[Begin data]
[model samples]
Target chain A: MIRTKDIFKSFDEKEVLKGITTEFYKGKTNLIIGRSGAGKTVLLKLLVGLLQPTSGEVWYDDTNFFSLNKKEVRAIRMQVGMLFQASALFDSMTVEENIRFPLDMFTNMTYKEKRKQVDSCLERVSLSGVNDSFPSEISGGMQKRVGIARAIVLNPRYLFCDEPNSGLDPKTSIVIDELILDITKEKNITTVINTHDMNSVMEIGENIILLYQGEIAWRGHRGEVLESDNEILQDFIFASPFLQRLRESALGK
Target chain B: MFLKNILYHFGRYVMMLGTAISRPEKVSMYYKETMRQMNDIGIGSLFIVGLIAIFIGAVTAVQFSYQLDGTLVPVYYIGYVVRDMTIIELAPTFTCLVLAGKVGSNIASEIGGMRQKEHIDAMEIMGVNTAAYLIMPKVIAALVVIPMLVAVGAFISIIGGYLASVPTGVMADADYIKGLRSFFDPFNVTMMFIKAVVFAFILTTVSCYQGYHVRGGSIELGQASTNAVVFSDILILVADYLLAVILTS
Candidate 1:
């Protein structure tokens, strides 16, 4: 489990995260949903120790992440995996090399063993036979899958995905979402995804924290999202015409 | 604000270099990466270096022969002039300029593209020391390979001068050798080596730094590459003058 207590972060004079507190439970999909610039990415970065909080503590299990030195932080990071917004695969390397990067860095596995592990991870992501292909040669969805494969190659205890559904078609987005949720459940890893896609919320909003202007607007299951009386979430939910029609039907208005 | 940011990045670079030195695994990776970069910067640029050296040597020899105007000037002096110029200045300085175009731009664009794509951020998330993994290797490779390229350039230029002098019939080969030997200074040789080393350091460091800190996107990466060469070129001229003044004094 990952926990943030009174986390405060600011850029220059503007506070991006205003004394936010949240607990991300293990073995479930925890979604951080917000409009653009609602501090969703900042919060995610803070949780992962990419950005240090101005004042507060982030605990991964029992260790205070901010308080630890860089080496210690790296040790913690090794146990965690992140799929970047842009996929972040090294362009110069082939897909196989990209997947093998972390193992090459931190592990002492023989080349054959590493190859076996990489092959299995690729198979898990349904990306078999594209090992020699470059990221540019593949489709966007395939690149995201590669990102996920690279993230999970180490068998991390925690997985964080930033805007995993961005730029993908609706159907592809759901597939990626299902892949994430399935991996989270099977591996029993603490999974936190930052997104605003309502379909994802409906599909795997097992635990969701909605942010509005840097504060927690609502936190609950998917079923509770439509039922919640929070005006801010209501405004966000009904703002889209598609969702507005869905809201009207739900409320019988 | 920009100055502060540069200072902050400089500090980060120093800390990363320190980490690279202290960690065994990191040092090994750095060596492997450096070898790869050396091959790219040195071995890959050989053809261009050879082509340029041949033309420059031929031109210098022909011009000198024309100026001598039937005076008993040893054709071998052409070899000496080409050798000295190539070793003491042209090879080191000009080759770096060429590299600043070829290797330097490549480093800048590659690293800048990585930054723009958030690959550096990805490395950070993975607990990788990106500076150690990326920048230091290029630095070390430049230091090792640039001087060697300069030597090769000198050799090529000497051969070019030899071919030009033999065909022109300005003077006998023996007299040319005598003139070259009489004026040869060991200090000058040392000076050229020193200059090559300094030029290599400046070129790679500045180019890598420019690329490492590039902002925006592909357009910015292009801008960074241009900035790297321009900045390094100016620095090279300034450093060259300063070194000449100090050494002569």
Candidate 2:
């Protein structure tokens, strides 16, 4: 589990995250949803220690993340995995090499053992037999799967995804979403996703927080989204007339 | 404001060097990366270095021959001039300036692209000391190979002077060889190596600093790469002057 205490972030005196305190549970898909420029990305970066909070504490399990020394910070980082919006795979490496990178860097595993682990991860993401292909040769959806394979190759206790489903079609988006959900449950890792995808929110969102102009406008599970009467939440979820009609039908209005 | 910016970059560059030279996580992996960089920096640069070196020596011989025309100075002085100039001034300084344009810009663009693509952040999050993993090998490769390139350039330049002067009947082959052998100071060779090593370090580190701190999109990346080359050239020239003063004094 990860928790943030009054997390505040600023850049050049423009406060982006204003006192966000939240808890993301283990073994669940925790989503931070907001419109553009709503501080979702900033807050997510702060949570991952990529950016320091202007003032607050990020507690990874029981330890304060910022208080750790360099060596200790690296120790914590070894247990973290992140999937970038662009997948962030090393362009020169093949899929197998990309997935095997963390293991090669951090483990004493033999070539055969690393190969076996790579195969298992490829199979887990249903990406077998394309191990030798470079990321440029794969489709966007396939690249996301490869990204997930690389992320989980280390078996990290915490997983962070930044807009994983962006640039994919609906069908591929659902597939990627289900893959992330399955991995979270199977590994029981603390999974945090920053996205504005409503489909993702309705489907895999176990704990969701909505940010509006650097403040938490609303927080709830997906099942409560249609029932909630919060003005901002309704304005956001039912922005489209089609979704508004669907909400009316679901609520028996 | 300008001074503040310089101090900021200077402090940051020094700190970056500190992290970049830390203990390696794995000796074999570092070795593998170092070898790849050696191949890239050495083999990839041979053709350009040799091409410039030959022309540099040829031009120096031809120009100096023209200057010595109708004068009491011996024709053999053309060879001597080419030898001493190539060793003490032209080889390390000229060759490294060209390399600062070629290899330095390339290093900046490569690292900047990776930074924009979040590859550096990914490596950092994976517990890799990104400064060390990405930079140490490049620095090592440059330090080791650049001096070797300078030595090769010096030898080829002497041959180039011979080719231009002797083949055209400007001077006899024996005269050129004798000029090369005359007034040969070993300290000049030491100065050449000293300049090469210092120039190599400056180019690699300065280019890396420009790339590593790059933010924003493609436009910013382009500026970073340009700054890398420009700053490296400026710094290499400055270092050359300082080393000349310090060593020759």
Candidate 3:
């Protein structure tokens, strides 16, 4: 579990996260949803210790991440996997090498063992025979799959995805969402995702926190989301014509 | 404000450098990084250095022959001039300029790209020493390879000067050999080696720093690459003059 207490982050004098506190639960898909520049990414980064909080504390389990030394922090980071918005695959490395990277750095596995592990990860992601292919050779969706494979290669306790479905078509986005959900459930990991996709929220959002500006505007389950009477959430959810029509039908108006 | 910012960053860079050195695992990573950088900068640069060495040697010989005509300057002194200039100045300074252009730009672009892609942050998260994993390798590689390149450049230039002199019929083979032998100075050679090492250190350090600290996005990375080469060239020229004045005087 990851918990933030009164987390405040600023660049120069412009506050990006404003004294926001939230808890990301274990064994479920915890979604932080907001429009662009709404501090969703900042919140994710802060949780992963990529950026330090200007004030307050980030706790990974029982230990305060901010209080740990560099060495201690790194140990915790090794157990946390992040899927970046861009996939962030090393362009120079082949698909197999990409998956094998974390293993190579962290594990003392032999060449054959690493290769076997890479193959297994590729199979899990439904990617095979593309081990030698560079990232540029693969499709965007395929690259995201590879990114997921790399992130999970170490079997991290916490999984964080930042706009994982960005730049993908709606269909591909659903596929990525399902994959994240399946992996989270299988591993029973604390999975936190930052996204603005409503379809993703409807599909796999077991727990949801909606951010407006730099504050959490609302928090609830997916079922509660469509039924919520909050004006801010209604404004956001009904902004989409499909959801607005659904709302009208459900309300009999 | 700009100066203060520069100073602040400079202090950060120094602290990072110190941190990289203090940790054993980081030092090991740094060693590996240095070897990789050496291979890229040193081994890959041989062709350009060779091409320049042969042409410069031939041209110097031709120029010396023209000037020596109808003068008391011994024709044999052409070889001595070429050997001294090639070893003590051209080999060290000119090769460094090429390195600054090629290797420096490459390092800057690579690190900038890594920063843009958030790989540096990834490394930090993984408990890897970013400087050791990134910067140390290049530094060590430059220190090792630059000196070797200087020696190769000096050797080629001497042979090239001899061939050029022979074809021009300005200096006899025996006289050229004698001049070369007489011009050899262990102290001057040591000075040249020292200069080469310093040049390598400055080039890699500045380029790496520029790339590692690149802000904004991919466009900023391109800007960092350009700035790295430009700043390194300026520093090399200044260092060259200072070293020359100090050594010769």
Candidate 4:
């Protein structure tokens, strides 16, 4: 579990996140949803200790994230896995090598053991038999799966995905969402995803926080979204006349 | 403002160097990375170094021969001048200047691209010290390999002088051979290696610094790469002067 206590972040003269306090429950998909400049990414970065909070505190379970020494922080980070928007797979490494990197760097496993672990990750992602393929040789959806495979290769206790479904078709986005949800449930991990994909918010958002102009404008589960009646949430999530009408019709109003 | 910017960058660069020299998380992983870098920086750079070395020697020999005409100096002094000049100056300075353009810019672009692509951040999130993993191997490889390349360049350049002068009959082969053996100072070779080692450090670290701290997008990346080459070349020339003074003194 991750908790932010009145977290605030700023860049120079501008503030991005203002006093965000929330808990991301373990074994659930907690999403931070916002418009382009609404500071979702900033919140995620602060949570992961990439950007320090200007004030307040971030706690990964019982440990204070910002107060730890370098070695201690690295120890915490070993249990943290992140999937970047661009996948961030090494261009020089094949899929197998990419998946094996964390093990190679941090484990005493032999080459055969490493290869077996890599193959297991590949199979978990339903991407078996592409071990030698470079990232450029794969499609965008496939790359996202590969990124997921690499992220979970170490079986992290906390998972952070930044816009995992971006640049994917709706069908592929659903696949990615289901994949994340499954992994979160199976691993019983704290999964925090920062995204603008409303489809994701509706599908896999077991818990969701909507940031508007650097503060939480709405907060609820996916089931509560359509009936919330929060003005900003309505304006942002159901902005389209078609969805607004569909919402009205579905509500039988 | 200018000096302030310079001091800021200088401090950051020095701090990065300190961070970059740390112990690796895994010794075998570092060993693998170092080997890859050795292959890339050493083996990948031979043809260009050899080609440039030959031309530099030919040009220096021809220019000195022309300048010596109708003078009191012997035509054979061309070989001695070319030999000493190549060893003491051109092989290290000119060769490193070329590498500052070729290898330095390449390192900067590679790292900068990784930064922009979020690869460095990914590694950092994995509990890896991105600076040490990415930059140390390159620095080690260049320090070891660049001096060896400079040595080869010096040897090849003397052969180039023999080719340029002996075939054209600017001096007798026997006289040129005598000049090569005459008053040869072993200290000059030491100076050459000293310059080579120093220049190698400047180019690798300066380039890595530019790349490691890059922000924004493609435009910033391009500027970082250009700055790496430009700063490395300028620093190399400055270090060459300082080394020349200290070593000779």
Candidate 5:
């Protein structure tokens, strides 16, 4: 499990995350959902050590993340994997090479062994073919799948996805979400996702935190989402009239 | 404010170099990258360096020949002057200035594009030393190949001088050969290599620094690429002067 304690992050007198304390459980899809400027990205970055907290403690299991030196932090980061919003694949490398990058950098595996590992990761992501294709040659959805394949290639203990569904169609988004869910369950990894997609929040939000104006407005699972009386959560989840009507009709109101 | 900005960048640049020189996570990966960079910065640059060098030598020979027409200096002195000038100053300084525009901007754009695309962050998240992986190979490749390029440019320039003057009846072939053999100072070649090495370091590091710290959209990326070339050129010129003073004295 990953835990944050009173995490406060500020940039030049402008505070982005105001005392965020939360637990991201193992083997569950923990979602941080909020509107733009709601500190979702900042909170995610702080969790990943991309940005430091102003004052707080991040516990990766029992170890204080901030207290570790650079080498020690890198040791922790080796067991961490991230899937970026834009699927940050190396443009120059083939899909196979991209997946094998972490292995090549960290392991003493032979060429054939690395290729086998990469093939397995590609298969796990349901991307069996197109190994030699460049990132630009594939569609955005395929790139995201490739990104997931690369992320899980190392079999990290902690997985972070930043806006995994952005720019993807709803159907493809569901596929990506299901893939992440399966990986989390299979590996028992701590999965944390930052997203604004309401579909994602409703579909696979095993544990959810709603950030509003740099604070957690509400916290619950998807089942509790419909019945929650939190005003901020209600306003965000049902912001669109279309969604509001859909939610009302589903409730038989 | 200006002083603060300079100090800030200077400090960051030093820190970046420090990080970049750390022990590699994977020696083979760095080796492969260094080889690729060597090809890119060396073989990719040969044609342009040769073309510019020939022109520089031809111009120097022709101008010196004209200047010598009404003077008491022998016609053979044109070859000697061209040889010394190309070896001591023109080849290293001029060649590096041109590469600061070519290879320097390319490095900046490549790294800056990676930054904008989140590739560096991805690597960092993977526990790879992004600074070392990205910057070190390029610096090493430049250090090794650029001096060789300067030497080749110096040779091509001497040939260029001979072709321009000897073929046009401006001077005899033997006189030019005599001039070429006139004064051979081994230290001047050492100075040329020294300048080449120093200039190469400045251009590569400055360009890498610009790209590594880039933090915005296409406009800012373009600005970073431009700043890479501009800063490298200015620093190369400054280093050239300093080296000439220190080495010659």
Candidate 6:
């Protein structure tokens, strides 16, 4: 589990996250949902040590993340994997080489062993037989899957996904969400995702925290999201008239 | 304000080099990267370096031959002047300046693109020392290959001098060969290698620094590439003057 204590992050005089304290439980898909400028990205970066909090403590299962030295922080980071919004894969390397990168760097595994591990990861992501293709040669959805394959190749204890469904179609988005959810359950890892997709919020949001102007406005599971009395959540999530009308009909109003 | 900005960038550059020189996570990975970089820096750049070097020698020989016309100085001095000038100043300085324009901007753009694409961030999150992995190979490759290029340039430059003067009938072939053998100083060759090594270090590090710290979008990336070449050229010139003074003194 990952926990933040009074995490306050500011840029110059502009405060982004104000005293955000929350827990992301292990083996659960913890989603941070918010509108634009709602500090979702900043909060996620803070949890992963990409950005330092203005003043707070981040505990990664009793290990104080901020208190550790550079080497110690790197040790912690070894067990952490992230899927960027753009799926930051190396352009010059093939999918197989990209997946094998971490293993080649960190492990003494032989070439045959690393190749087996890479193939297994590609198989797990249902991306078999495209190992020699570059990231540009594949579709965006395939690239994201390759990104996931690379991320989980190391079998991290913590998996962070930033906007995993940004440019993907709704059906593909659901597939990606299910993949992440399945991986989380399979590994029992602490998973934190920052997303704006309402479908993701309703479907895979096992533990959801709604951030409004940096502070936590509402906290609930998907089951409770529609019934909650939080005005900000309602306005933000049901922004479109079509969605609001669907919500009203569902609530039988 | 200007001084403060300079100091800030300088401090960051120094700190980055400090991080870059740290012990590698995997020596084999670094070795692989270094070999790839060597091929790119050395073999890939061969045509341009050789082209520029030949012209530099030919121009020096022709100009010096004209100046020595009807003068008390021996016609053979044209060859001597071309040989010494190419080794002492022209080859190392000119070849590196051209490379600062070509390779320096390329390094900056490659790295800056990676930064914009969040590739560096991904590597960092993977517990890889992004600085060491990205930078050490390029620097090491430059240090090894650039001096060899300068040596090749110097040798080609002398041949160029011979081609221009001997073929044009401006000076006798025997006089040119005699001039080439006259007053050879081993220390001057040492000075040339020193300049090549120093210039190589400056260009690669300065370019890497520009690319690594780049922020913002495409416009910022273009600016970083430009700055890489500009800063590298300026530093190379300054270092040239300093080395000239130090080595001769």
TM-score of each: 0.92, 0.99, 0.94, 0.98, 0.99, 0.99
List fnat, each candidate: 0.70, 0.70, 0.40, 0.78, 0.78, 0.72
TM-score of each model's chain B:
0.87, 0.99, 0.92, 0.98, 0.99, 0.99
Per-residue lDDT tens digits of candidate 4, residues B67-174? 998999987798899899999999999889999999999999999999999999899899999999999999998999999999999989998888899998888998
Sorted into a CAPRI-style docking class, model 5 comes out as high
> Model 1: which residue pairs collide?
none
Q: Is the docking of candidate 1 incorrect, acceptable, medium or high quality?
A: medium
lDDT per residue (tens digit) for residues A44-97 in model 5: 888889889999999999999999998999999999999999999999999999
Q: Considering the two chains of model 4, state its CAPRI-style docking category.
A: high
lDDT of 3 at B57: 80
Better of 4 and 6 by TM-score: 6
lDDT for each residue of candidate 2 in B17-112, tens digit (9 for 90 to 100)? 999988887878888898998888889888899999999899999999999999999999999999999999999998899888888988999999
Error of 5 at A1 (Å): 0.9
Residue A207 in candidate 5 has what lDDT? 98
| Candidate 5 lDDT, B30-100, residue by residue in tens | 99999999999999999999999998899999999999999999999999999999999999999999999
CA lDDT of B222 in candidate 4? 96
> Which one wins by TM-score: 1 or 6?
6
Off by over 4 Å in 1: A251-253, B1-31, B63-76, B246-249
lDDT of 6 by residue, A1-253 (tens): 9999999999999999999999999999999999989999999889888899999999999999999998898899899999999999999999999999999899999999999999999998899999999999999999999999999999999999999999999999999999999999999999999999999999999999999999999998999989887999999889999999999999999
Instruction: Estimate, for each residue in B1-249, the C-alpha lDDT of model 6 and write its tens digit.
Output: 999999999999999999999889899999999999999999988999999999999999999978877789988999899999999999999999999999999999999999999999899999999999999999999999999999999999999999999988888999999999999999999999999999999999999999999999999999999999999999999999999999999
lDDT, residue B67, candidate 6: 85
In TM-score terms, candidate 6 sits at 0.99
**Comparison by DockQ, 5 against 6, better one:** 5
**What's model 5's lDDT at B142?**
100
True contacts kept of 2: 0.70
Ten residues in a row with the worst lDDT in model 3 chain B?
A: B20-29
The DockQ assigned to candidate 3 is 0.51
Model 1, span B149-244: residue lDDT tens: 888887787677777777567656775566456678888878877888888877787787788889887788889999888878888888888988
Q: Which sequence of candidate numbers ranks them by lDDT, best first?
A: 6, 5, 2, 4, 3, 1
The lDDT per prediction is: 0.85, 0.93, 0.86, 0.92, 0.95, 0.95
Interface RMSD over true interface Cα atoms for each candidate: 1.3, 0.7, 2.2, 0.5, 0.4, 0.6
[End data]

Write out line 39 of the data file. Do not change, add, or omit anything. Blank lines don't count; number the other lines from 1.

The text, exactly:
lDDT of 6 by residue, A1-253 (tens): 9999999999999999999999999999999999989999999889888899999999999999999998898899899999999999999999999999999899999999999999999998899999999999999999999999999999999999999999999999999999999999999999999999999999999999999999999998999989887999999889999999999999999